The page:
The current “content” of cornflakes from the sausage factory is meant to entice those trying to understand the rudiments of horse racing? If the medium is the message, most wouldn’t even know where to find any of this, well, stuff. And even if they were to find it, would they buy into it? What’s the carrot? How tasty is it?
Horse racing needs SOMETHING that comes at especially those not even looking at horse racing, out of left field and like a powerful magnet on steroids. Something that’s likeable. And creative.
Not because it started life here, but the HKJC’s Happy Wednesday brand has been a game changer. It really is “customercentric”. It’s there for all to see. It’s not bland on bland. Sorry, Bob. What’s next? Is there more where this came from? And if not, why not? Happy Wednesday should be the MTV of horse racing. A relevant and more lifestyle oriented and interactive MTV. Available 24/7. Online.
Sure, keep all the facts, figures and data for those who wish to continue to rage against the hardcore machine. But when thinking about the expression “horses for courses” those “horses” are often more of the same. It’s like force feeding Mr Creosote with another wafer.
It’s starving that golden goose of the future. But maybe this is because many won’t be around to see horse racing get the massive facelift it desperately needs. And so it’s just about plodding along even if the wheels have fallen off. It’s very tough teaching old dogs new tricks.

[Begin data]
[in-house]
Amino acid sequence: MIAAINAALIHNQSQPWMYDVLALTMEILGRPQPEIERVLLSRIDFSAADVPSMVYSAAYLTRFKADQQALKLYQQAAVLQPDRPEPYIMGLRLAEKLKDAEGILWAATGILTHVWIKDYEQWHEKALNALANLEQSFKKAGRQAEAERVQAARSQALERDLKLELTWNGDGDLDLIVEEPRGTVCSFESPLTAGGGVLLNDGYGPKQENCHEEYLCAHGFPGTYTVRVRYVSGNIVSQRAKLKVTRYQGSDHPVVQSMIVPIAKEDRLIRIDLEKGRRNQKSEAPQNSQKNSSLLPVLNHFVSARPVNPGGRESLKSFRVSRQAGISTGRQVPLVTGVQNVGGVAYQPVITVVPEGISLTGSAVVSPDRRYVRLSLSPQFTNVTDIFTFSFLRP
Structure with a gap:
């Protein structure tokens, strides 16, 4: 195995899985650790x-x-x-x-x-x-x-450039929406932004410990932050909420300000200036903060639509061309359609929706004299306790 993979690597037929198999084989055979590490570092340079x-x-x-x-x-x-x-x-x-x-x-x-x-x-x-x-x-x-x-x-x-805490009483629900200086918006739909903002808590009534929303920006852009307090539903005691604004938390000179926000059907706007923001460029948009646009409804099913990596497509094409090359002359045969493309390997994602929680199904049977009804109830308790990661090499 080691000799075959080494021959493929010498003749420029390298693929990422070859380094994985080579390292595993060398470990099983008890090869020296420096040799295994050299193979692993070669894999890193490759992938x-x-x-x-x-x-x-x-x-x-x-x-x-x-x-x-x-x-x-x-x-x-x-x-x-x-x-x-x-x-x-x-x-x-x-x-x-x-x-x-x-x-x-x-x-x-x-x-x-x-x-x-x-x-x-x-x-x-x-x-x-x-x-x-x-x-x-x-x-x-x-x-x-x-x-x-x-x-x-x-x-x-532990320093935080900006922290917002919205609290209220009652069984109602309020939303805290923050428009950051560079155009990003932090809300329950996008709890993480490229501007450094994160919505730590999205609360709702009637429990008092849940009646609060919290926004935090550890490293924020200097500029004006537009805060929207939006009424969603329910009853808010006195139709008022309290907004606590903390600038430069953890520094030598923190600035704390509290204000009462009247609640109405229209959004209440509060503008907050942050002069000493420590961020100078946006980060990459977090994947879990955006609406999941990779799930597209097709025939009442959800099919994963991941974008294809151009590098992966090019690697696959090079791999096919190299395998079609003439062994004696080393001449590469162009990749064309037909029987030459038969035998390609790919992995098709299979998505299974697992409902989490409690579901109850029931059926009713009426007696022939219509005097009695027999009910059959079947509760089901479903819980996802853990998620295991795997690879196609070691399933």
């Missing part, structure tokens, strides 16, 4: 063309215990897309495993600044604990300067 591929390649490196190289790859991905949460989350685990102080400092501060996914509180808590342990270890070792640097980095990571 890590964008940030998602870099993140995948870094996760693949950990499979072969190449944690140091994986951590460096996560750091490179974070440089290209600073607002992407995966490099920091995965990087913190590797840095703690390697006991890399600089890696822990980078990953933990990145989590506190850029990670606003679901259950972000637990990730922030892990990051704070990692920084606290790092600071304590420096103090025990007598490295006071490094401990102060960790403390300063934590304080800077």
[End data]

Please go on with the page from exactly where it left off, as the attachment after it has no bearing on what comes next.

For a sport or game of whatever it is that relies so heavily on financial risk, many driving horse racing and, hopefully, to make it more than what it is, remain terminally risk averse.
Do these people even know a creative idea if it were to roll over them and scream, “Mama! It’s me!”? And which is why it’s more of the same old same old. Creativity by numbers. Creative by committee. It’s way too dangerous being held accountable.
Meanwhile that customer base is rapidly eroding. The current market is ageing. The few who have embraced horse racing have also embraced old fashioned thinking. There’s not one Tarantino amongst them. There’s little or no sense of humour. And it shows.
It shows in the marketing. The advertising. It’s more of the same. The closeup of a horse’s eye. Nostril. The obligatory slo mo victory shot. The fist pump. Early morning trackwork. The dramatic music. Anything with a soupçon of a surprise element? Like this?
Sometimes, perhaps even quite often, one just has to chill and realise that it is what it is. What is it? What it was.
When in advertising, our worldwide Chairman would ask us Executive Creative Directors, “Where are the new young Turks?” There always were young talent wanting to win a Clio in New York or a Gold Lion in Cannes.
In the music industry, there was always at least one good A&R person. They found new artists. Artists who would give us hits. This was there talent. And job.
In horse racing, the question is this: Does it really need creativity? Or is it only about following orders?
#horseracing #marketing #creativity